Prevalence of Bilirubin Encephalopathy in Calabar, South-South Nigeria: A Five-year Review Study

Document Type: Original Article

Authors

1 Department of Pediatrics, University of Calabar, Calabar, Nigeria

2 Department of Pediatrics, University of Calabar Teaching Hospital, Calabar, Nigeria

Abstract

Background: Bilirubin encephalopathy is a clinical syndrome, associated with bilirubin toxicity in the central nervous system, resulting in chronic and permanent sequelae. It has been estimated that approximately 60% and 80% of term and preterm newborns develop jaundice in the first week of life, respectively. In the present study, we aimed to determine the prevalence, morbidity, and mortality of bilirubin encephalopathy in the neonatal unit of the University of Calabar Teaching Hospital, Calabar, Nigeria.
Methods: In this retrospective, descriptive review, medical records of all newborns, diagnosed with bilirubin encephalopathy over the past five years (from January 2010 to December 2014), were studied. Information retrieved from the medical records included age, sex, presence of fever, duration of disease, place of delivery, causes of the disease, and selected treatments. Variables such as hospital discharge, discharge against medical advice, and mortality were also evaluated.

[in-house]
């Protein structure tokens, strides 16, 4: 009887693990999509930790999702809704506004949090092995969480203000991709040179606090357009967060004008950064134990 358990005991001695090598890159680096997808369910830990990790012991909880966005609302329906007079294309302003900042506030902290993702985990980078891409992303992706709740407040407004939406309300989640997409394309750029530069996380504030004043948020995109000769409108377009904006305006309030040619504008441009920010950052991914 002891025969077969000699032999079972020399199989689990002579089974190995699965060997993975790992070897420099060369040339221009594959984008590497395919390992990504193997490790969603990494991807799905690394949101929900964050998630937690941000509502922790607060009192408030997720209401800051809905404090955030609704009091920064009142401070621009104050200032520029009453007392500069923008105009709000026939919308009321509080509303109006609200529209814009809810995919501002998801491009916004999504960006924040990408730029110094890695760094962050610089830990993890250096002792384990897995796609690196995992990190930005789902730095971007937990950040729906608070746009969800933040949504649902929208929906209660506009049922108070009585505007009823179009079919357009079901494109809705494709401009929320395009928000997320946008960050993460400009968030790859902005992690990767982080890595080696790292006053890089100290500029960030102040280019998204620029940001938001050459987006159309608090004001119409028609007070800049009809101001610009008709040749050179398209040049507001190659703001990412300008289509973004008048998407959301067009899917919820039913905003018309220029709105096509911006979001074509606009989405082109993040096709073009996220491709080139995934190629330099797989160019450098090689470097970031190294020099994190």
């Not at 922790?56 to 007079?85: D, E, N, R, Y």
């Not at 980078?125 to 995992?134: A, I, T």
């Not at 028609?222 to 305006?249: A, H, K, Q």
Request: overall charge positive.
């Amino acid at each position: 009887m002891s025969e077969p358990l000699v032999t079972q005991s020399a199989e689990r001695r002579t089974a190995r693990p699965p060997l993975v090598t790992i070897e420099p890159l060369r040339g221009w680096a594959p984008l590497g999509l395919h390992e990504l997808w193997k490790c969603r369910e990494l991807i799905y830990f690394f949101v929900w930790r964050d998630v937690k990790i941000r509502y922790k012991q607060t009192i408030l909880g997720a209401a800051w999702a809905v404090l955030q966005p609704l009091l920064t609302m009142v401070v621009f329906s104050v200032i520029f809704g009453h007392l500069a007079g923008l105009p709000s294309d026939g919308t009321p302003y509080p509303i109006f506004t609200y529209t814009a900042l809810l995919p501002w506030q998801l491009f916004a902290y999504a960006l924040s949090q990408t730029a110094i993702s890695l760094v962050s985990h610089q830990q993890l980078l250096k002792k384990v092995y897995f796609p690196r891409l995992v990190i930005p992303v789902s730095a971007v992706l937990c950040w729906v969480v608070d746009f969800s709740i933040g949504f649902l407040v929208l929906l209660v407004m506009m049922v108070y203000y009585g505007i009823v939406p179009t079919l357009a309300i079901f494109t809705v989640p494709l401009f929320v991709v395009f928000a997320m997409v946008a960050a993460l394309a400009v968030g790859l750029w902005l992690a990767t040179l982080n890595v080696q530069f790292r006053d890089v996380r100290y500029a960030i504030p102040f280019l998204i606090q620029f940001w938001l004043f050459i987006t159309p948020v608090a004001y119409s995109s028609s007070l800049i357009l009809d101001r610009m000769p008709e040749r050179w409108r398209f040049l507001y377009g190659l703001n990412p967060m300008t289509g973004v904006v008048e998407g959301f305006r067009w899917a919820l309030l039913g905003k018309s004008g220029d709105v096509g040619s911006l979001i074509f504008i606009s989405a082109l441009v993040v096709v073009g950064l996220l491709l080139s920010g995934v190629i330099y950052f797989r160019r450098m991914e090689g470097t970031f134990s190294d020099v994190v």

Results: Out of 2,820 newborns, 21 (0.74%) cases were admitted on account of bilirubin encephalopathy. Among these affected cases, 17 (81%) were male and 4 (19%) were female (male-to-female ratio of 5:1). Based on the findings, 18 newborns (85.7%) had pyrexia, while 8 (38.1%) and 6 (28.6%) cases were hypertonic and hypotonic, respectively upon admission. Only 33.3% of deliveries took place in healthcare facilities. The established factors responsible for jaundice included infection, i.e., septicemia (n=15, 71.4%), ABO incompatibility (n=4, 19.1%), and glucose-6-phosphate-dehydrogenase (G6PD) deficiency (n=2, 9.5%). The mean maximum total bilirubin level in subjects was 321.3 μmol/L (range: 242.5–440.3 μmol/L). Also, mortality was reported in 4 (19%) out of 21 cases.
Conclusion: Based on the findings, neonatal septicemia is associated with bilirubin encephalopathy. Therefore, identification and prompt treatment are of utmost importance in preventing the associated morbidity and mortality.

Keywords


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